10 points, 1 vote
Matt D: Underworld melodramatic soap opera and karaoke simulator. It’s an old-fashioned action-RPG, sending you wandering around its massive world searching for some arbitrary trigger to advance the story with depressing regularity but the environment is so fantastically well rendered that you walk away from the story at any time and find something to do, and it’s charm / presentation is more than enough to overcome its deliberate anachronisms. The NA version apparently has a pile of cut content and I’m hoping for more localized development in #4.
Daniel_Rf: The most fun I’ve had doing chores for children ever.
Jamescobo: It sucks that they’re removing content, but I never got as much into the hostess stuff as other Yakuzatards so I’m not slitting my wrists over it or anything. As long as I can still win a fight with a tiger by sticking a cigarette in its eye, I’ll be good. Anyone who doesn’t buy this game should be reincarnated as Amy Winehouse’s taint.
Cozen: Massive, despite the cuts.
30 points, 3 votes, 1 TOP GAME vote
Mitch Krpata: The most tragically overlooked game of the year. Great story, great action, and some truly inspired setpieces. Just brilliant. It’s not a hit, of course. I’m not sure most people even realized it had been released in this. The original Yakuza was superb — even made my top 10 for 2006 — and sank like a stone in the marketplace. Maybe better marketing would have helped, or maybe the inherent problems in localizing such a culturally specific game put Yakuza behind the eight-ball from the start, but by the time Sega decided to release the sequel stateside, they hadn’t even bothered recording an English-language track. They may as well have affixed stickers to the front of each copy saying, “Even we know you’re not gonna buy this.”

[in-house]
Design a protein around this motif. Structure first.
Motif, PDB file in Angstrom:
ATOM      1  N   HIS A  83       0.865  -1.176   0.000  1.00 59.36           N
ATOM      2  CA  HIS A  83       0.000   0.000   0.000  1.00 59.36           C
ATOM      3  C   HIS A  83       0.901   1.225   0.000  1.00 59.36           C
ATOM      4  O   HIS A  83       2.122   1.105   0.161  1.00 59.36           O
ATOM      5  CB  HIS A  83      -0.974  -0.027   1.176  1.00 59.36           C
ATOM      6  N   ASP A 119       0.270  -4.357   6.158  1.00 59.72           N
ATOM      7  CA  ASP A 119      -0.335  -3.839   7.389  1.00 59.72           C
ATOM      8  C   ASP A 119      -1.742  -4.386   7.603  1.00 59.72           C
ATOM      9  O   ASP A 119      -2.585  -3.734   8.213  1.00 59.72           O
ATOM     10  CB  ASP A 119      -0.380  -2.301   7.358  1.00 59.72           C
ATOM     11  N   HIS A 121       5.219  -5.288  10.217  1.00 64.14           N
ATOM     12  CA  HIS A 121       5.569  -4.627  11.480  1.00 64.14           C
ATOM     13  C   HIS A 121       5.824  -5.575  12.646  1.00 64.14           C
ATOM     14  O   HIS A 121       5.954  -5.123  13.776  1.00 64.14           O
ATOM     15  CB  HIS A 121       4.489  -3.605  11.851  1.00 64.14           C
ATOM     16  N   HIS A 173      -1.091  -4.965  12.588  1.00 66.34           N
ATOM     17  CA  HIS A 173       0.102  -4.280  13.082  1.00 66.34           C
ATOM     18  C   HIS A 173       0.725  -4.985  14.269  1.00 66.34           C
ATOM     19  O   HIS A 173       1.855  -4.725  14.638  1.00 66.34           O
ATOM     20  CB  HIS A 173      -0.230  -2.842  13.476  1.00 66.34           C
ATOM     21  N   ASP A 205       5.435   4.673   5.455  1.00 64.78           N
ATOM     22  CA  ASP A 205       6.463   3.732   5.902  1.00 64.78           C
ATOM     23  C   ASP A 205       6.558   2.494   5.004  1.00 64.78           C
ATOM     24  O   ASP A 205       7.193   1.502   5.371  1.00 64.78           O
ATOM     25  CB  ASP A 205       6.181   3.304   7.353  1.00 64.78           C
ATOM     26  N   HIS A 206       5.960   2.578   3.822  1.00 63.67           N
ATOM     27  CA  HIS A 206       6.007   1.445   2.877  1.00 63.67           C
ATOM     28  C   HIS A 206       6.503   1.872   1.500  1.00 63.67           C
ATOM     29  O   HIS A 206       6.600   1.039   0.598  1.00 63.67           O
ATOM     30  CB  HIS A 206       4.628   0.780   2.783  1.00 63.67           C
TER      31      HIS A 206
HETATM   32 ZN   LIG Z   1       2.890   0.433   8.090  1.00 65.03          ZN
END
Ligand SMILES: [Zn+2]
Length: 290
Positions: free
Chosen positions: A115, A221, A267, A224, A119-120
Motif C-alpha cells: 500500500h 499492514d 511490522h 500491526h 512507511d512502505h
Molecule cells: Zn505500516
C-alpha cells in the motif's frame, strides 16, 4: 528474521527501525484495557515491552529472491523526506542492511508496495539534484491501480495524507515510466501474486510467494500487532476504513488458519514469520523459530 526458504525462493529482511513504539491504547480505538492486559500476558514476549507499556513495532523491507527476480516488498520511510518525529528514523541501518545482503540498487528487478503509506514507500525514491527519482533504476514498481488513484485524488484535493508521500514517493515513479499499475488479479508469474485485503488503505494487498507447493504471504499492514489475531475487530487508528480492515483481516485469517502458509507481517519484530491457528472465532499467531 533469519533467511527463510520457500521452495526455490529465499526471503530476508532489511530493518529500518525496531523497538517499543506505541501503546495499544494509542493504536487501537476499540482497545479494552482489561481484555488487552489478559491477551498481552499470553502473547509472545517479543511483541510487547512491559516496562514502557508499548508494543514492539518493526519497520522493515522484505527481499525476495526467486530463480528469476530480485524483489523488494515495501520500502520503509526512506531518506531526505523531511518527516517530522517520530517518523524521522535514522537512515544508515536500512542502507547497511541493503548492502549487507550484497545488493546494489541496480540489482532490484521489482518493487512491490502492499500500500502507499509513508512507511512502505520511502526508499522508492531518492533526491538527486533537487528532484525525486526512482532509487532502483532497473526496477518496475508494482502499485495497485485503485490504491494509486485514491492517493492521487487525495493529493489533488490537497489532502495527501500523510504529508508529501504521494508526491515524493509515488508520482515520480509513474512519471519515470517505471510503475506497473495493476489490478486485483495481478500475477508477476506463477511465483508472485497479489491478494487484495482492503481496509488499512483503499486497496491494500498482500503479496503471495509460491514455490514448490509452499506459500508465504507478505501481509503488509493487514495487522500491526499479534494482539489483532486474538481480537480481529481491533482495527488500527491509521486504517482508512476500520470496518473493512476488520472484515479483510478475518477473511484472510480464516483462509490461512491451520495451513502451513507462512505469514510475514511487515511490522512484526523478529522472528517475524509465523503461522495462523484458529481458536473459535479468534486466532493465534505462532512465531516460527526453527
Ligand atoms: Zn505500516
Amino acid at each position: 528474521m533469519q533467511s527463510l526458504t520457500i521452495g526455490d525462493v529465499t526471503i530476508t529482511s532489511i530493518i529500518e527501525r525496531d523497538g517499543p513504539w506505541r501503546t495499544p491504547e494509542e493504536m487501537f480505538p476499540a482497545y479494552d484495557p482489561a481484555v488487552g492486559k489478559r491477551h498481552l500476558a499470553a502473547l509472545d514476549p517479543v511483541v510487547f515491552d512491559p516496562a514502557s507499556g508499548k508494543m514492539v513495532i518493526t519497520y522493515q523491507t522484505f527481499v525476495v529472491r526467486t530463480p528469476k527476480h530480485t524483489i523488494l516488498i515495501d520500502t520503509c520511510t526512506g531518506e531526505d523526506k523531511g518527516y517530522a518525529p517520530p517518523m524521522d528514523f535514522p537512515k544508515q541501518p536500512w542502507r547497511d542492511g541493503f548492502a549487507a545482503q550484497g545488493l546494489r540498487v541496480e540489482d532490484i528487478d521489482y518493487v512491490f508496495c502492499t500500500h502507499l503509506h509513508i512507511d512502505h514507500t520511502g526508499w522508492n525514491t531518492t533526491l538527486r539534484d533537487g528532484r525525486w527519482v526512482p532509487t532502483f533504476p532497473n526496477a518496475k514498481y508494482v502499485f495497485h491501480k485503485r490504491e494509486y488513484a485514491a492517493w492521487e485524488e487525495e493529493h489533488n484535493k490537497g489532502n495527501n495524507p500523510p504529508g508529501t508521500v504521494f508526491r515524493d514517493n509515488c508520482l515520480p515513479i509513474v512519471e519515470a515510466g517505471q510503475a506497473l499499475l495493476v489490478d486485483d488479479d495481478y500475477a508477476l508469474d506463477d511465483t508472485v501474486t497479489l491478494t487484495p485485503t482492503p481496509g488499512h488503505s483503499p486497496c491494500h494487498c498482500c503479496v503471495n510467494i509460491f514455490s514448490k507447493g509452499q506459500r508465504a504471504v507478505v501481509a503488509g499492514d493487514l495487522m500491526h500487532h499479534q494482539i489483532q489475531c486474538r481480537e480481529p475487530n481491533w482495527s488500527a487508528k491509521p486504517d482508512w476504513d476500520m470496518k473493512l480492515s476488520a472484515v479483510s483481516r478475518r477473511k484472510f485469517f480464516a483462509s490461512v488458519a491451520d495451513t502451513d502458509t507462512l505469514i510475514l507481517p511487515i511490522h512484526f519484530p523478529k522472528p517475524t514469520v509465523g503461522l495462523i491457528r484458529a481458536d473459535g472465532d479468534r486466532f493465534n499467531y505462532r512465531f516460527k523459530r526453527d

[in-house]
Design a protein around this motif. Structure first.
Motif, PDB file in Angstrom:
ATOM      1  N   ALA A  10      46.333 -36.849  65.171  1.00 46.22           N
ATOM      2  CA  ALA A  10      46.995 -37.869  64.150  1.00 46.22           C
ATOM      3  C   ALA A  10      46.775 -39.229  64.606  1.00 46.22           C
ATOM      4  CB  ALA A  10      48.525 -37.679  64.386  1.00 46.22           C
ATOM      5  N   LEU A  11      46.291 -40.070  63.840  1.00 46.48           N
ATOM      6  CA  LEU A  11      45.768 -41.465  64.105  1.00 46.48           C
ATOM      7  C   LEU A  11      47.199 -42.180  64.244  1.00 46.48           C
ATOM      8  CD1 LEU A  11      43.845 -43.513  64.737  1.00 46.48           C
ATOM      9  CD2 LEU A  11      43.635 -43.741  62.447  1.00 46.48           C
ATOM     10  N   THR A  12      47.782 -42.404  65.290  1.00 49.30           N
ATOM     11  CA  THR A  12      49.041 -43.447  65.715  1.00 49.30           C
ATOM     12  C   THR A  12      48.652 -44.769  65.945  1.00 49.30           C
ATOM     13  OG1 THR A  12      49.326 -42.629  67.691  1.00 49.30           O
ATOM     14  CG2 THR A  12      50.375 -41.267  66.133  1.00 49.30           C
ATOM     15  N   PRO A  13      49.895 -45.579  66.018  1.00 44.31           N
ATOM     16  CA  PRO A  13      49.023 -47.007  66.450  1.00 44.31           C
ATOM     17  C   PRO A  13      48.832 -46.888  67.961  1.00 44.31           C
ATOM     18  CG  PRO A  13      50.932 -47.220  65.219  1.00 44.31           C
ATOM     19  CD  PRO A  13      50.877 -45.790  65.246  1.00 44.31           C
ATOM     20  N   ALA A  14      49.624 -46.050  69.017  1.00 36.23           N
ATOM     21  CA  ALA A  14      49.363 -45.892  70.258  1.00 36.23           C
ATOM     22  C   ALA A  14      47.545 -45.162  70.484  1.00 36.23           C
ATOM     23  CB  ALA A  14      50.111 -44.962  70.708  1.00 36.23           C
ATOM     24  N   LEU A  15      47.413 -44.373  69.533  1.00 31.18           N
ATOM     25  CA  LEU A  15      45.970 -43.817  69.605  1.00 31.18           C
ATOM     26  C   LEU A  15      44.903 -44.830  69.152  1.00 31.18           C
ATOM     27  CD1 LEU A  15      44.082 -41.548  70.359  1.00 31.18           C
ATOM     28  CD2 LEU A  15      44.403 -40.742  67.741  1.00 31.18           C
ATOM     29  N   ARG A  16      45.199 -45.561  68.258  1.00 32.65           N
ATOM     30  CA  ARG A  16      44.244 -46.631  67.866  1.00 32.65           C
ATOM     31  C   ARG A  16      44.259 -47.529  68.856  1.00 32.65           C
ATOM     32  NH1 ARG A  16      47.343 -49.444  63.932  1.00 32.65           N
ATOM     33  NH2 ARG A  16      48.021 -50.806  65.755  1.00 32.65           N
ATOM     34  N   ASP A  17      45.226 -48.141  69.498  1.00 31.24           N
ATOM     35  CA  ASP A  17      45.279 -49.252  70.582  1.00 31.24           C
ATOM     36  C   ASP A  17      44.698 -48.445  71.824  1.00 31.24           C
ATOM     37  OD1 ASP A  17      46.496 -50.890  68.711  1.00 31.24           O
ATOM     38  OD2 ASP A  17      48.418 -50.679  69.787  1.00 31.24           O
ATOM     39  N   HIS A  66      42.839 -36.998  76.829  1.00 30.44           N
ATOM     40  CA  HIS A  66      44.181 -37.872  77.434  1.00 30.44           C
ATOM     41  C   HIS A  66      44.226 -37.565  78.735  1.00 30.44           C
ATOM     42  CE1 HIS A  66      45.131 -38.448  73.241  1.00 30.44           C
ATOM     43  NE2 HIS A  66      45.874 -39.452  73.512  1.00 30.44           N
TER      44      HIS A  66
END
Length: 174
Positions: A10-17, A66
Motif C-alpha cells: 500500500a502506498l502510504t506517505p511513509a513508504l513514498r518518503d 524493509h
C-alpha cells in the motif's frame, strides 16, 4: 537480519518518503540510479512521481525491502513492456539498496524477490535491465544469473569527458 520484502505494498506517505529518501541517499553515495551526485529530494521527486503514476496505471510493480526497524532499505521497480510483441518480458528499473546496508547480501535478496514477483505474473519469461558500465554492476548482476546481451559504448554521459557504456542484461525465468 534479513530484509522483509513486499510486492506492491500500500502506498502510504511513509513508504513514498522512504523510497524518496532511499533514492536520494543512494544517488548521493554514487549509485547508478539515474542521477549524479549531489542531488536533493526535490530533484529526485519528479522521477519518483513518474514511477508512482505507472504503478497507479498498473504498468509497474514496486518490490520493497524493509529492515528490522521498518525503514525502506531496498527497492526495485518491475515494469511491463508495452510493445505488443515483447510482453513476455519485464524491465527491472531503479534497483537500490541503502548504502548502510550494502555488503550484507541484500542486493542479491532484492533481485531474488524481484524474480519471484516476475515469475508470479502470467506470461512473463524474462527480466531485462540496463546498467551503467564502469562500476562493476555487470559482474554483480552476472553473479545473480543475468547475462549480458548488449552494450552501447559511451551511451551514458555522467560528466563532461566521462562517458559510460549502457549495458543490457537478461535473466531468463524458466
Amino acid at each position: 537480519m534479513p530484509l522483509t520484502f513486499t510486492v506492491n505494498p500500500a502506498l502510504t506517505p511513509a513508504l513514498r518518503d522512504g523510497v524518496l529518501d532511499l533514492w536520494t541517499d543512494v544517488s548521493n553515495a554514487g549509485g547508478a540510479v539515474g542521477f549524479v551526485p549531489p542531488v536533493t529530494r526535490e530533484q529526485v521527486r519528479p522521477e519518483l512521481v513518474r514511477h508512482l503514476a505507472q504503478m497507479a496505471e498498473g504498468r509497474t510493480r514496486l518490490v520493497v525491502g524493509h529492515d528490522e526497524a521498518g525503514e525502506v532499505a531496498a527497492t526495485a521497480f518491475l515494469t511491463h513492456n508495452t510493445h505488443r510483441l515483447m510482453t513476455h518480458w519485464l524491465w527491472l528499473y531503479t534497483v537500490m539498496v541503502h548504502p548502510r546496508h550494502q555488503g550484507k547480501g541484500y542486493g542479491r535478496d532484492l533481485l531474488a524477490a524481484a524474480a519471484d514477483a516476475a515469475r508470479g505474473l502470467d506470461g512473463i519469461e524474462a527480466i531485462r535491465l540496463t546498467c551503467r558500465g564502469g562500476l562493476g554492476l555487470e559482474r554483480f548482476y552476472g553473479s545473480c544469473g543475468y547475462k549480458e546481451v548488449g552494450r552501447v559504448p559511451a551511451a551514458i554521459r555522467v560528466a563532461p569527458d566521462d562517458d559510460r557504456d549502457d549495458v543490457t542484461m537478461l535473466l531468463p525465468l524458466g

Jamescobo: It really is astounding how much ass Yakuza 2 kicks; even the (entirely optional) introductory catch-up on the previous game’s (invigoratingly unobjectionable) plot keeps interrupting itself to offer you another opportunity to skip straight to the part where you start wrecking shop. Within fifteen minutes into the game, you’re walloping people with bicycles. Within half an hour, you suddenly realize how fast this game is loading, probably because you’re jumping into any and every battle you can find. Within an hour, you no longer give a shit about the concessions it makes to the now-busted PS2 architecture; the fact that the elements with which you can actually interact are so glaringly obvious becomes completely irrelevant the first time you see an abnormally huge orange traffic cone, think “Damn, that’s one big-ass cone,” pick it up in order to flatten someone with it, and notice it’s called “Huge Cone”. It’s not a case of a game not taking itself seriously, either; it’s a case of a game which wants to reward you for checking stuff out. AND THE WHOLE THING IS LIKE THAT; it gives and it gives and it gives, even when more than a little is sufficient (QED the Mahjongg mini-game with its twelve pages of in-game instructions). The combat system, while not necessarily deep, is as fun to master as anything since the last Mario & Luigi game thanks in large part to the HEAT moves – invariably awesome QTE super moves which change based on your environment and/or weapon (crushing some punk’s skull with a Huge Cone, for instance). The game’s plot is amazingly nonretarded; I still can’t believe how rarely I check my email during a cutscene. And as if all that weren’t enough, the game’s (or at least the translator’s) humor seems to actually be legitimately, intentionally funny. Don’t even get me started about the peacock.